Fantastic news, the plans to kill protected wildlife in Wales have been scrapped! (See also here and here).

The Environment Minister John Griffiths took a science-led, sensible, and practical decision on bovine TB. Combined with the tighter cattle measures introduced by the last government, his proposal will hopefully address the problem in a proper scientific coherent manner. No doubt he has been under pressure from some anti-wildlife elements of the farming lobby, but he listened to all the people of Wales who were against the culling of a protected species, rather than a vested-interest minority.

In a surprising twist, the former Rural Affairs minister Elin Jones (Plaid Cymru) caused controversy with her silly and deplorable reactionary comments in the Plenary session on 20th March, for which she rightly received wide-spread censure. She said: "Farmers will now have to decide how best to protect their cattle and I for one would not blame them for anything they do."

Monday, 19 March 2012

News coverage bias

Recently there has been some negatively biased news coverage of the campaigns against vivisection (vivisection is experimenting on and killing non-human animals for the benefit of humans). Although most people who object to vivisection are motivated by compassion and good science, the media has been attempting to portray them as bomb-making terrorists! Even the BBC has not been immune to sensationalism, for example in one BBC Radio news piece on Wednesday 14th March (8am, and 8:10-8:20am) on animal vivisection and airlines/ferries, the reporter gave only one view (that of the pro-vivisectionists). Some examples:
  • The feature piece made up of a panel of John Humphreys, a reporter, and the Science Minister, used emotional manipulation, was inaccurate and biased. It seemed to equate a legitimate democratic right (writing to a company expressing one's view) into an act of terrorism. Writing letters to the ferry and airline companies pointing out the truth about the experiments and the alternatives can hardly be called threatening or endangering the safety of employees. The Minister for Culture in particular needs to brought to account for his ill-informed position on this.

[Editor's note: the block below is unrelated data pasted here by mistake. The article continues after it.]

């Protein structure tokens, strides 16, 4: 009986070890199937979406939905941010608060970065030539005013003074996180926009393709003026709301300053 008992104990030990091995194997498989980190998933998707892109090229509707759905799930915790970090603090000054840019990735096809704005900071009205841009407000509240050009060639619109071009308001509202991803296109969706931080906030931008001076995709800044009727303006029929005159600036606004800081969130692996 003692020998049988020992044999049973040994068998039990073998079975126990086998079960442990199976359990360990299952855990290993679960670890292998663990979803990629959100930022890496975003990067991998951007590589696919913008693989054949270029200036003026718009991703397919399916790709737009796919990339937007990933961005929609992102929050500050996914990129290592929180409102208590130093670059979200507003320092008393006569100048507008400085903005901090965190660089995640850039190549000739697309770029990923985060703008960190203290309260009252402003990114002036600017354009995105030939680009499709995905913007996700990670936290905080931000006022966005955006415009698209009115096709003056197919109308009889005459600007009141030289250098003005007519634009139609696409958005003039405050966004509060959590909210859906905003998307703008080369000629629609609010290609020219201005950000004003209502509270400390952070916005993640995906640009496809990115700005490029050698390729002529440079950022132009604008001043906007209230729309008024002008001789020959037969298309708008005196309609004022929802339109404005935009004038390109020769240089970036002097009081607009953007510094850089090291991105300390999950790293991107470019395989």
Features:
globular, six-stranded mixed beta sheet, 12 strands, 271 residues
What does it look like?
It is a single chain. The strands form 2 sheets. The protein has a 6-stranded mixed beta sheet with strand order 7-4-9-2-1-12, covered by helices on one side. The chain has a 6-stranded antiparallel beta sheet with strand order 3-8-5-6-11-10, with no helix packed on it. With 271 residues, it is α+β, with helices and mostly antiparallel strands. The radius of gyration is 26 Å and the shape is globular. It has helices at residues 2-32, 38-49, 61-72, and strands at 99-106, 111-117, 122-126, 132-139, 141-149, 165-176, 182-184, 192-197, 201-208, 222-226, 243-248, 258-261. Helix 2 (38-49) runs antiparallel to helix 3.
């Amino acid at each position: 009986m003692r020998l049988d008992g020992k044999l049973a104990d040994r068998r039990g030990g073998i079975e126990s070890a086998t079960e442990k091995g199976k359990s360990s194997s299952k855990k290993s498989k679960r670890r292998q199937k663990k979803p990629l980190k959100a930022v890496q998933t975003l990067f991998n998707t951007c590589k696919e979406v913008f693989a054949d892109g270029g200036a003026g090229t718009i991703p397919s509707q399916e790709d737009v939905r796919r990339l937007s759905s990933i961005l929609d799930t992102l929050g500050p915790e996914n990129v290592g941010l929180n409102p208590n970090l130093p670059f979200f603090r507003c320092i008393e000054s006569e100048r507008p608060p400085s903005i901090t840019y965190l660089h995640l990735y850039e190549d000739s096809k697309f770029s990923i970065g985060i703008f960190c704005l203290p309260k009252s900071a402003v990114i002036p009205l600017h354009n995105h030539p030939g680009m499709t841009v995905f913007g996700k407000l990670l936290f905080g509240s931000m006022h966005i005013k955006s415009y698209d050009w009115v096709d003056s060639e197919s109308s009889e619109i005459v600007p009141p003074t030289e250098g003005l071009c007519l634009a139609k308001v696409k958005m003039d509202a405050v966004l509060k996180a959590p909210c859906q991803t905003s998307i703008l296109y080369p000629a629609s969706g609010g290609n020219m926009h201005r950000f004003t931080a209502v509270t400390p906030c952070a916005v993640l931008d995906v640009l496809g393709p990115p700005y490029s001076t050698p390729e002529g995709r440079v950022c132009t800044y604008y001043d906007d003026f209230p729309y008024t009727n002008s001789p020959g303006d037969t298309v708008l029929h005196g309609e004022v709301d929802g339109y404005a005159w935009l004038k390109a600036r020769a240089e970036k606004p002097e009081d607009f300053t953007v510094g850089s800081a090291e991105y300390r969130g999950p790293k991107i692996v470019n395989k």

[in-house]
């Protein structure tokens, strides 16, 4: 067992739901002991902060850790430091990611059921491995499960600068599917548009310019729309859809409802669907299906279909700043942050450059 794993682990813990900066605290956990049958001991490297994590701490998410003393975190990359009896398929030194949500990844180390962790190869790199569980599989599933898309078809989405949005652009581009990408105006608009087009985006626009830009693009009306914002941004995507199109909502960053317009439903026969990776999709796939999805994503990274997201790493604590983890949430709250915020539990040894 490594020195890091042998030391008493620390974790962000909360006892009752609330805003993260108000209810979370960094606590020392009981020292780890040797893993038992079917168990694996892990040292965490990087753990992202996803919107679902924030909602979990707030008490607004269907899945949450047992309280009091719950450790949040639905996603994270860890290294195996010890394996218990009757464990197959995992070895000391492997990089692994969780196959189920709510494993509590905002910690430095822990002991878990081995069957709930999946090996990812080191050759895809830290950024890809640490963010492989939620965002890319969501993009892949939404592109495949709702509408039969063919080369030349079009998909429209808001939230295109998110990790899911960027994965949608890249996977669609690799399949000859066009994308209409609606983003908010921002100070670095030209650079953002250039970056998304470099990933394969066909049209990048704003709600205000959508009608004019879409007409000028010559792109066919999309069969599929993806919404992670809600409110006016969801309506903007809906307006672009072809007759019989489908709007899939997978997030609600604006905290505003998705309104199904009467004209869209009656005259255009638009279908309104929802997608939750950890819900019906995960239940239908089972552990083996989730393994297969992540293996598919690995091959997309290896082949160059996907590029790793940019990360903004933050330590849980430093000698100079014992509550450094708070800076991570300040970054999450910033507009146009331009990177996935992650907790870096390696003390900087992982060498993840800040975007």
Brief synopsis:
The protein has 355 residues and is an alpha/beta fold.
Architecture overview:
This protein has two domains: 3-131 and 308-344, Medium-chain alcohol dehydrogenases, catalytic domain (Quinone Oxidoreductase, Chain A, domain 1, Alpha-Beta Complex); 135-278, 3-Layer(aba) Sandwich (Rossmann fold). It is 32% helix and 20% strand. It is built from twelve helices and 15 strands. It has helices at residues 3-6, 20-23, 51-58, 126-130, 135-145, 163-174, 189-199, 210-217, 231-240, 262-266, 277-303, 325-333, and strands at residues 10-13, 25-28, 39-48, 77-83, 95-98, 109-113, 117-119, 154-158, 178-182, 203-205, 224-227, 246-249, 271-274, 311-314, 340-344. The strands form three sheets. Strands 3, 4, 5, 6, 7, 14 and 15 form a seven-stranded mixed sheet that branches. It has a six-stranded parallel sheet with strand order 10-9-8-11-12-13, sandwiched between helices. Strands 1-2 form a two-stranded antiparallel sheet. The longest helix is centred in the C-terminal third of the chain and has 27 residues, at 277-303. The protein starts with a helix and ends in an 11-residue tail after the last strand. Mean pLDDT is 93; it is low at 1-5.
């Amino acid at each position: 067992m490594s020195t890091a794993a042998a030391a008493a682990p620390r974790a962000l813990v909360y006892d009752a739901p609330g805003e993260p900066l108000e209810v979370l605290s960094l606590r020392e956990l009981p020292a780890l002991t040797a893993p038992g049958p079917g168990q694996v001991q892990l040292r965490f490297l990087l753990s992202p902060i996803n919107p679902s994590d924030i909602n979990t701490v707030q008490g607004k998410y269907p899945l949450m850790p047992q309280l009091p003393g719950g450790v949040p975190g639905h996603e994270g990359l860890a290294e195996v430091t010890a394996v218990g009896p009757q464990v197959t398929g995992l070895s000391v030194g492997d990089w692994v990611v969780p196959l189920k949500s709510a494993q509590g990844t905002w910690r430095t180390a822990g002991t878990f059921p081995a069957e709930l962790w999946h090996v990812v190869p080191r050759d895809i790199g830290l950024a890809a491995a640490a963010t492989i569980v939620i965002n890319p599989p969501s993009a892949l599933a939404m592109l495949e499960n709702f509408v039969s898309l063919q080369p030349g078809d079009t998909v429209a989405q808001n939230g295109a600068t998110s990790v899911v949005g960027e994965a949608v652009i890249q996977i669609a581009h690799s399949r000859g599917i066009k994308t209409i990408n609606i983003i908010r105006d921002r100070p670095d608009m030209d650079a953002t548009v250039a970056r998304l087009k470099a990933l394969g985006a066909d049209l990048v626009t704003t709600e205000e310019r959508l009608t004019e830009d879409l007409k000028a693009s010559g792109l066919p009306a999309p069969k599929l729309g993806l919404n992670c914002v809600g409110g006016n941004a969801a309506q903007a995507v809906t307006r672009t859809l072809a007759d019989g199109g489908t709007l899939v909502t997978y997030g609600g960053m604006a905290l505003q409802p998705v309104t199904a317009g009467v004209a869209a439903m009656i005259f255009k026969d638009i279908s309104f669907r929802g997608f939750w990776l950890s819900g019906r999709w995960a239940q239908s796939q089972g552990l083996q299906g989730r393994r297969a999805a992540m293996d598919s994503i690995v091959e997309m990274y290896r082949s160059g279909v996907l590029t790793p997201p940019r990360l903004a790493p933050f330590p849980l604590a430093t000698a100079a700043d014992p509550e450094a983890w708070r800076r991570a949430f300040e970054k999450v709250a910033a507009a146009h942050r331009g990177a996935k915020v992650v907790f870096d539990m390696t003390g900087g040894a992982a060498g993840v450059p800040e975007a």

• Use of the term “animal rights extremists” was inaccurate, biased and emotionally manipulative. People who write in defence of animals are not 'animal rights extremists', they are merely concerned for other sentient beings. Implying that they were inciting violence was wrong and emotional point scoring. 
  • All three panelists focused on mice, but failed to mention that of the many animals (from lots of species) which are imported into the UK for animal vivisection, the numbers include wild-caught primates. That is, endangered primates who are abducted in the wild and then exported to the UK for experimentation then disposal. Falling back on the claim that it was "usually mice" is sloppy journalism. 

Friday, 16 March 2012

Further evidence of the harmful effects of red meat


A new report, Red Meat Consumption and Mortality (published in the Archives of Internal Medicine) has just been published. The study collected data over 28 years, based on 121,342 men and women. It concluded: 
"Red meat consumption is associated with an increased risk of total, CVD, and cancer mortality. Substitution of other healthy protein sources for red meat is associated with a lower mortality risk." 
The report has been covered in many places (e.g. The Guardian) and backs up what we've seen in study after study over the years. The World Cancer Research Fund recommend: "Animal foods - limit intake of red meat and avoid processed meat" and "Eat mostly foods of plant origin".